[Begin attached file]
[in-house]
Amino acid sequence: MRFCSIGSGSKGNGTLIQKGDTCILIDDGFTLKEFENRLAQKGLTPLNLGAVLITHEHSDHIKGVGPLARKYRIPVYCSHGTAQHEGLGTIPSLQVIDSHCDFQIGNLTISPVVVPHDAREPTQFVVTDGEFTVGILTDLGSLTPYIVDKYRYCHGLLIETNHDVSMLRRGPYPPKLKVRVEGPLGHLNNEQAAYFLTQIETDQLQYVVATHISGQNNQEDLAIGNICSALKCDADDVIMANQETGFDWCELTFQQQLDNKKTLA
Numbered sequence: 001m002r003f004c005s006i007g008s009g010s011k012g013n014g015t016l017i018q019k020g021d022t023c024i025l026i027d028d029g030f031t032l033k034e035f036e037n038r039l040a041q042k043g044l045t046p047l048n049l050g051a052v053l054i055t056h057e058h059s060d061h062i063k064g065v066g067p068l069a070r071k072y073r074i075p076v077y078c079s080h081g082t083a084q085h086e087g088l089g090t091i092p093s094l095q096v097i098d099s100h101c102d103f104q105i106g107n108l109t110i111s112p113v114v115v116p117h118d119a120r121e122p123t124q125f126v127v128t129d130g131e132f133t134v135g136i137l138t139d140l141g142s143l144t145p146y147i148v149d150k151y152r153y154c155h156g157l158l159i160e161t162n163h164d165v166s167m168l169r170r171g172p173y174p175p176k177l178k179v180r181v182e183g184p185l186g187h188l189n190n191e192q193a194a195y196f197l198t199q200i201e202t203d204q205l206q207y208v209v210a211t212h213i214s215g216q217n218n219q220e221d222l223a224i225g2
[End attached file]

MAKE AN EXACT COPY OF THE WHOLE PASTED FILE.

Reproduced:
[in-house]
Amino acid sequence: MRFCSIGSGSKGNGTLIQKGDTCILIDDGFTLKEFENRLAQKGLTPLNLGAVLITHEHSDHIKGVGPLARKYRIPVYCSHGTAQHEGLGTIPSLQVIDSHCDFQIGNLTISPVVVPHDAREPTQFVVTDGEFTVGILTDLGSLTPYIVDKYRYCHGLLIETNHDVSMLRRGPYPPKLKVRVEGPLGHLNNEQAAYFLTQIETDQLQYVVATHISGQNNQEDLAIGNICSALKCDADDVIMANQETGFDWCELTFQQQLDNKKTLA
Numbered sequence: 001m002r003f004c005s006i007g008s009g010s011k012g013n014g015t016l017i018q019k020g021d022t023c024i025l026i027d028d029g030f031t032l033k034e035f036e037n038r039l040a041q042k043g044l045t046p047l048n049l050g051a052v053l054i055t056h057e058h059s060d061h062i063k064g065v066g067p068l069a070r071k072y073r074i075p076v077y078c079s080h081g082t083a084q085h086e087g088l089g090t091i092p093s094l095q096v097i098d099s100h101c102d103f104q105i106g107n108l109t110i111s112p113v114v115v116p117h118d119a120r121e122p123t124q125f126v127v128t129d130g131e132f133t134v135g136i137l138t139d140l141g142s143l144t145p146y147i148v149d150k151y152r153y154c155h156g157l158l159i160e161t162n163h164d165v166s167m168l169r170r171g172p173y174p175p176k177l178k179v180r181v182e183g184p185l186g187h188l189n190n191e192q193a194a195y196f197l198t199q200i201e202t203d204q205l206q207y208v209v210a211t212h213i214s215g216q217n218n219q220e221d222l223a224i225g2